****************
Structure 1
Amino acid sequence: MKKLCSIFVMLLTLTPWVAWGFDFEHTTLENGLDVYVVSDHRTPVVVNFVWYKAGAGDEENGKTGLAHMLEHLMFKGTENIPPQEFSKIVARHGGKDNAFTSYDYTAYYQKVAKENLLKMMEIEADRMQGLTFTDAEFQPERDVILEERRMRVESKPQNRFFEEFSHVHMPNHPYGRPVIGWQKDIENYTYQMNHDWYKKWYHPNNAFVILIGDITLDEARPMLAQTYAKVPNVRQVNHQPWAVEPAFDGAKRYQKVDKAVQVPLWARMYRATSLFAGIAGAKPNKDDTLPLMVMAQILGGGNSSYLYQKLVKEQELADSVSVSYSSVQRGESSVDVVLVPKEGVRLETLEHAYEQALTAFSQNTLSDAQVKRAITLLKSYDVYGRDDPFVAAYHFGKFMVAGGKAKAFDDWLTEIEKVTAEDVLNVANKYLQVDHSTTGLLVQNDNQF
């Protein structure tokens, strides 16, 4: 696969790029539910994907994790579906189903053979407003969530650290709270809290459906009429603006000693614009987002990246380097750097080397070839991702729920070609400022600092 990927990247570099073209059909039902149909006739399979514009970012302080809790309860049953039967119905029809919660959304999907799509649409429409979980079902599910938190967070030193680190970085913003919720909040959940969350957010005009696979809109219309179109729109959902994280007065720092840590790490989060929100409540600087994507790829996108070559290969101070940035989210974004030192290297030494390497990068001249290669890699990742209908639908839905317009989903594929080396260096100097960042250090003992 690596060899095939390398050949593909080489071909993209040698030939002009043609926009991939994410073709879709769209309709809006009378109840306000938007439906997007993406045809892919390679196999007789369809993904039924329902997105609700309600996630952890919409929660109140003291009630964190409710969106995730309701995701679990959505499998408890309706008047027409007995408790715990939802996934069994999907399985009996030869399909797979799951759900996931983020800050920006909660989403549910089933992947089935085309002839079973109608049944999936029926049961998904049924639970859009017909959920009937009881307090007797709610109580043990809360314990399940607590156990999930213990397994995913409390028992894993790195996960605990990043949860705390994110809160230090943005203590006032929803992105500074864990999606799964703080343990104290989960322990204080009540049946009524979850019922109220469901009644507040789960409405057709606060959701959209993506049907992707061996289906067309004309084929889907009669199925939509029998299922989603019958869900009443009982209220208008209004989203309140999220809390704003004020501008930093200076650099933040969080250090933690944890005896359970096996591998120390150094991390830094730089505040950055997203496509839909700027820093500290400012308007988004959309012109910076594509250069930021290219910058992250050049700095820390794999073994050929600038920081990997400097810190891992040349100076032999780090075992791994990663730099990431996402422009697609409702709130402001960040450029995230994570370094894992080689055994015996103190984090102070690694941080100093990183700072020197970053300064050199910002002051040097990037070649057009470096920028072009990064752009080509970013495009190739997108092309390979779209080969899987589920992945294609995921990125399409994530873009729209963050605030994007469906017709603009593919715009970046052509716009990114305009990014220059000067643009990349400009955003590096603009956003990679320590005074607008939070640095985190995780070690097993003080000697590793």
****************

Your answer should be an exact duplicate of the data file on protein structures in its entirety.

Structure 1
Amino acid sequence: MKKLCSIFVMLLTLTPWVAWGFDFEHTTLENGLDVYVVSDHRTPVVVNFVWYKAGAGDEENGKTGLAHMLEHLMFKGTENIPPQEFSKIVARHGGKDNAFTSYDYTAYYQKVAKENLLKMMEIEADRMQGLTFTDAEFQPERDVILEERRMRVESKPQNRFFEEFSHVHMPNHPYGRPVIGWQKDIENYTYQMNHDWYKKWYHPNNAFVILIGDITLDEARPMLAQTYAKVPNVRQVNHQPWAVEPAFDGAKRYQKVDKAVQVPLWARMYRATSLFAGIAGAKPNKDDTLPLMVMAQILGGGNSSYLYQKLVKEQELADSVSVSYSSVQRGESSVDVVLVPKEGVRLETLEHAYEQALTAFSQNTLSDAQVKRAITLLKSYDVYGRDDPFVAAYHFGKFMVAGGKAKAFDDWLTEIEKVTAEDVLNVANKYLQVDHSTTGLLVQNDNQF
């Protein structure tokens, strides 16, 4: 696969790029539910994907994790579906189903053979407003969530650290709270809290459906009429603006000693614009987002990246380097750097080397070839991702729920070609400022600092 990927990247570099073209059909039902149909006739399979514009970012302080809790309860049953039967119905029809919660959304999907799509649409429409979980079902599910938190967070030193680190970085913003919720909040959940969350957010005009696979809109219309179109729109959902994280007065720092840590790490989060929100409540600087994507790829996108070559290969101070940035989210974004030192290297030494390497990068001249290669890699990742209908639908839905317009989903594929080396260096100097960042250090003992 690596060899095939390398050949593909080489071909993209040698030939002009043609926009991939994410073709879709769209309709809006009378109840306000938007439906997007993406045809892919390679196999007789369809993904039924329902997105609700309600996630952890919409929660109140003291009630964190409710969106995730309701995701679990959505499998408890309706008047027409007995408790715990939802996934069994999907399985009996030869399909797979799951759900996931983020800050920006909660989403549910089933992947089935085309002839079973109608049944999936029926049961998904049924639970859009017909959920009937009881307090007797709610109580043990809360314990399940607590156990999930213990397994995913409390028992894993790195996960605990990043949860705390994110809160230090943005203590006032929803992105500074864990999606799964703080343990104290989960322990204080009540049946009524979850019922109220469901009644507040789960409405057709606060959701959209993506049907992707061996289906067309004309084929889907009669199925939509029998299922989603019958869900009443009982209220208008209004989203309140999220809390704003004020501008930093200076650099933040969080250090933690944890005896359970096996591998120390150094991390830094730089505040950055997203496509839909700027820093500290400012308007988004959309012109910076594509250069930021290219910058992250050049700095820390794999073994050929600038920081990997400097810190891992040349100076032999780090075992791994990663730099990431996402422009697609409702709130402001960040450029995230994570370094894992080689055994015996103190984090102070690694941080100093990183700072020197970053300064050199910002002051040097990037070649057009470096920028072009990064752009080509970013495009190739997108092309390979779209080969899987589920992945294609995921990125399409994530873009729209963050605030994007469906017709603009593919715009970046052509716009990114305009990014220059000067643009990349400009955003590096603009956003990679320590005074607008939070640095985190995780070690097993003080000697590793």